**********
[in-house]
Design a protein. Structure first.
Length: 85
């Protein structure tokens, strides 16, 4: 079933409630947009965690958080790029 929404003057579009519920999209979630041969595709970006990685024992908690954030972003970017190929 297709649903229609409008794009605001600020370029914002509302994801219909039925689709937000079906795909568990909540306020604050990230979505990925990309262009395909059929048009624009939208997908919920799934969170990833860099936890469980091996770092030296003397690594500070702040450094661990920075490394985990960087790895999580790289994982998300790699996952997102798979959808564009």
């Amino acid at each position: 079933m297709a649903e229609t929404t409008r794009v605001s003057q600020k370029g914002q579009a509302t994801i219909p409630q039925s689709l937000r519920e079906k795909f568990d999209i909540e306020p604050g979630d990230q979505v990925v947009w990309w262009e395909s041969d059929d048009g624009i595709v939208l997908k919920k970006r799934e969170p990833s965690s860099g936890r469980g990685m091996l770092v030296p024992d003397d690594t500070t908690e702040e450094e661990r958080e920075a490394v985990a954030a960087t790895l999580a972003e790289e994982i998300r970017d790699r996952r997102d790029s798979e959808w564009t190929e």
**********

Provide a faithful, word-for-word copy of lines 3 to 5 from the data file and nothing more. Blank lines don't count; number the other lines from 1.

Length: 85
């Protein structure tokens, strides 16, 4: 079933409630947009965690958080790029 929404003057579009519920999209979630041969595709970006990685024992908690954030972003970017190929 297709649903229609409008794009605001600020370029914002509302994801219909039925689709937000079906795909568990909540306020604050990230979505990925990309262009395909059929048009624009939208997908919920799934969170990833860099936890469980091996770092030296003397690594500070702040450094661990920075490394985990960087790895999580790289994982998300790699996952997102798979959808564009």
């Amino acid at each position: 079933m297709a649903e229609t929404t409008r794009v605001s003057q600020k370029g914002q579009a509302t994801i219909p409630q039925s689709l937000r519920e079906k795909f568990d999209i909540e306020p604050g979630d990230q979505v990925v947009w990309w262009e395909s041969d059929d048009g624009i595709v939208l997908k919920k970006r799934e969170p990833s965690s860099g936890r469980g990685m091996l770092v030296p024992d003397d690594t500070t908690e702040e450094e661990r958080e920075a490394v985990a954030a960087t790895l999580a972003e790289e994982i998300r970017d790699r996952r997102d790029s798979e959808w564009t190929e």